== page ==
Well let me say this as plainly as possible. My 4th grade teacher was a cunt. Oh yeah, you read that correctly…I said c-u-n-t. She was a homophobic cunt. She was abusive, she ridiculed me in front of the class and she tried to fail me so she could torture me again. Think I am over reacting? Well, she wrote a letter to my dad and told him what she thought about gay people and a “fag child.” I saw this letter infuriate and crush my dad. Wanna know what the school did about it? Nuthin. Fuckin nuthin. It was one of the first times I realized that my home life was much different than my peers. Can you imagine my dad’s heart breaking when he read this letter? I saw it and it was awful. There was not much he could do either. We had no rights and this bitch was tenured. My biological dad had rights to me but my other dad did not. So, they could not join in as a united front. 

It is different now and I am so thankful this. Really…I AM SO THANKFUL FOR THIS. I love that I see kids coming out early. I love that gay teachers can be out now (I had many gay teachers all whom I loved….didn’t know why I related to them and why they were protective of me, but figured it out many years later) and there is no fear of being fired for being gay. 

My advice to gay families is to be open. Your children will be proud of you for living your life authentically. I love seeing my dad’s be out and open. I love seeing them with no fear of being who they are. And, I love them for giving me this life. Kids are going to be teased about something parents. It could be the car you drive is not cool enough for their friends, it could be your totally unfashionable jeans or it could be that you clap too loud at their school play….or more evil little things, it could be their clothes, it could be their hair is not perfect, they might have a pimple or it could be that they don’t hold themselves like kewl people do. But, ya know what? When they come home and know they are loved, it won’t hurt so bad.

Devirginized – my wordpress cherry has been popped

I am half gay. Not in the sense I like to fool around with women and men, but in the sense of I have a straight mom and a gay dad. That’s right half gay. The means I am the product of a straight relationship but I grew up with my gay dad’s in the 80’s and 90’s where it was way uncool to have gay parents.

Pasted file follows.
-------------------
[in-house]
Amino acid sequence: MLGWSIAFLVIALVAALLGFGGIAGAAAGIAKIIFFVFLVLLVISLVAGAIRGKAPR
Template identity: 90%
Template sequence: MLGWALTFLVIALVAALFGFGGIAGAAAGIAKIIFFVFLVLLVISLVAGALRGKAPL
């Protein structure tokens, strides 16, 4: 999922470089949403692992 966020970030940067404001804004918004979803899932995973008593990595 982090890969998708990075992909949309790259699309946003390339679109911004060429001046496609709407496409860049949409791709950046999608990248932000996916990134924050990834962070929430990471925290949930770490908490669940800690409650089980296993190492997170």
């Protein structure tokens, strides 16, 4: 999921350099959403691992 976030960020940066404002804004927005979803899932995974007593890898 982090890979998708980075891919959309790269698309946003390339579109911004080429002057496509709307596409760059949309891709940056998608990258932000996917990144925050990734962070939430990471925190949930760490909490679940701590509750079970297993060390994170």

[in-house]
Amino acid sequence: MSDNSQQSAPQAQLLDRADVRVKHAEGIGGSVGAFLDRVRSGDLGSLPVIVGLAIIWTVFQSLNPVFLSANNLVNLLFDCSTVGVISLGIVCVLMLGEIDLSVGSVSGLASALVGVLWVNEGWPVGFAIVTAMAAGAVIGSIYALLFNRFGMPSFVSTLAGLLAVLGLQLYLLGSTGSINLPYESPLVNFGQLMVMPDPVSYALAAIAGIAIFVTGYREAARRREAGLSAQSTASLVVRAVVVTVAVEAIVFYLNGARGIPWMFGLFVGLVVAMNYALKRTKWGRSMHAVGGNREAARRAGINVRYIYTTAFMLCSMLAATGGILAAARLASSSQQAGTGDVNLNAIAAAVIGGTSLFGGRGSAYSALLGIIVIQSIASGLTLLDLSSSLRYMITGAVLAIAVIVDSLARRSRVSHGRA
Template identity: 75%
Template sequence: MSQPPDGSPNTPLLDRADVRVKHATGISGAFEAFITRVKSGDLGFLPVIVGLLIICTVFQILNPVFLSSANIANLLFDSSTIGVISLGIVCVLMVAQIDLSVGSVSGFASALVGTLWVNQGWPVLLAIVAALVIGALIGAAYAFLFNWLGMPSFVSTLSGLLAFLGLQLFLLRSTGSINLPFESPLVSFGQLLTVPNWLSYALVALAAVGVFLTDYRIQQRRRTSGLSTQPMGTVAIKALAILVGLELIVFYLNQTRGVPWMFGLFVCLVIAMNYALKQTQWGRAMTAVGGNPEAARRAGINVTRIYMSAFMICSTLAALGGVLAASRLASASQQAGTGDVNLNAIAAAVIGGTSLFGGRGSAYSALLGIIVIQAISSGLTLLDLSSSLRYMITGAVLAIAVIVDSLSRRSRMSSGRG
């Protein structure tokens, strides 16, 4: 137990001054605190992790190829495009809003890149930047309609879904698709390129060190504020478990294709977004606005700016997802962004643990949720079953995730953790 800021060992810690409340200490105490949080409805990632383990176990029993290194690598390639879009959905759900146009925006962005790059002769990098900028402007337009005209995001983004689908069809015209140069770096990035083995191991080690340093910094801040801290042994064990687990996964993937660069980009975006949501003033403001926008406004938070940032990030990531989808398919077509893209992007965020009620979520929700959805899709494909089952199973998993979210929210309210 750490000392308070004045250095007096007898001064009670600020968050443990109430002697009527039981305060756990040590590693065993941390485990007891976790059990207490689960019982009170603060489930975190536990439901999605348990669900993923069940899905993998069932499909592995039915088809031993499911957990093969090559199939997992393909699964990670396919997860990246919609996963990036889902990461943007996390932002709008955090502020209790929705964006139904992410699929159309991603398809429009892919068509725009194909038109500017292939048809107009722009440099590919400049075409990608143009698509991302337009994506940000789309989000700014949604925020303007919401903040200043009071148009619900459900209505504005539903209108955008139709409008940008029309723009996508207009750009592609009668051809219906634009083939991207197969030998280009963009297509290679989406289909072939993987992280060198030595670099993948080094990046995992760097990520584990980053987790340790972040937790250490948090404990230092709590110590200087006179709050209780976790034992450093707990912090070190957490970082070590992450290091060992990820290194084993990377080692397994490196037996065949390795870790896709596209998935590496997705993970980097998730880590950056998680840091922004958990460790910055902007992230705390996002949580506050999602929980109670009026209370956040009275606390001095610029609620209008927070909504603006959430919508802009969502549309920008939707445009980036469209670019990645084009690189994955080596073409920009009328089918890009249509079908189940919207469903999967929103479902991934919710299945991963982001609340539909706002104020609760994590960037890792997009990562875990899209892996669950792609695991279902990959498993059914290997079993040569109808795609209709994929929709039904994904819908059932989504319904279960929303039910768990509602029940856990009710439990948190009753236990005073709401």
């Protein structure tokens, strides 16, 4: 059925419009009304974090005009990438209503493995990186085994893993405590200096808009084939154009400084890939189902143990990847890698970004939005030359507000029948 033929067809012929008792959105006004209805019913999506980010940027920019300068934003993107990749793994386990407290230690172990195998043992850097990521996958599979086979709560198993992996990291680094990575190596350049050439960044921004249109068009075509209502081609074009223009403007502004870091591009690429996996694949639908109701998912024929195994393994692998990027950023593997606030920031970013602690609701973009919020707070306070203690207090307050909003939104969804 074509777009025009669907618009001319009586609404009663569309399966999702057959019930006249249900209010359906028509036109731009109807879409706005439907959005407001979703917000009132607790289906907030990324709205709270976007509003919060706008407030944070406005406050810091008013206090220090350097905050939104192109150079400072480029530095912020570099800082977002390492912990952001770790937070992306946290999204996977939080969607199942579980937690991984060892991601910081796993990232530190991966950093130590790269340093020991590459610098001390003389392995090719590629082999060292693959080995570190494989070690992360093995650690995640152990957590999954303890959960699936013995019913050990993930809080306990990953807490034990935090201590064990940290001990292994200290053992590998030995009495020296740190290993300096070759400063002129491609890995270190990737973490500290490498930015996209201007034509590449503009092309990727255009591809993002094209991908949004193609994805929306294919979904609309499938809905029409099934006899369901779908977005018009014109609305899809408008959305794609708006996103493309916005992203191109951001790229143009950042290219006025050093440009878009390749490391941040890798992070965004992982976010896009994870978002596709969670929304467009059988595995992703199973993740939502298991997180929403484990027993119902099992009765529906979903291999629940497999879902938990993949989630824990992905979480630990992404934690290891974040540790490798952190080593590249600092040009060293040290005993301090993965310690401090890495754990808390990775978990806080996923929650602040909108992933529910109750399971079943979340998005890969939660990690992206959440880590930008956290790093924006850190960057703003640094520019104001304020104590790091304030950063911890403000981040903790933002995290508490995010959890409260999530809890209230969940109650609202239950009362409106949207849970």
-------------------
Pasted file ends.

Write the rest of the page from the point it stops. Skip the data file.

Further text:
There were no shows on television that depicted my family. The closest was a show called “My Two Dad’s” which was about a girl whose mom was a super freak and had sex with two men and didn’t know who the baby daddy was. Very Maury Povich. There was no Ellen and Elton John was not even out of the closet. I can relate when I hear people of different colors and creeds say that they never saw anyone who looked like them on TV. Well, everyone looked like me – blonde hair with blue eyes if I ever get kidnapped thank God I look like this so I will be on the news with a fucking manhunt looking for me. Yup – NO GAY people who were out on television. Freddy Mercury was even playing it straight. What did this mean? It meant that I felt odd and misplaced for most of my childhood through teen years. But, ya know what it also meant? I was never molested because I was the Princessa of the house and nobody puts me in the corner. Most of my girlfriends have been molested if you are wondering where I pulled that one out from.

Life was “normal” because this was all I ever knew. I knew that I had to protect myself from the teasing at school, you may find my tongue to be sharp, and I knew that my dad’s felt shame for who they are. But, ya know what? I grew up in a charmed county where artistic expression was nurtured and where pot was more popular than vicodin. Not too shabby despite all of its challenges.

So, my wordpress cherry has now been popped. You now know a smidge about me. Welcome to my world and God help you for joining it 😉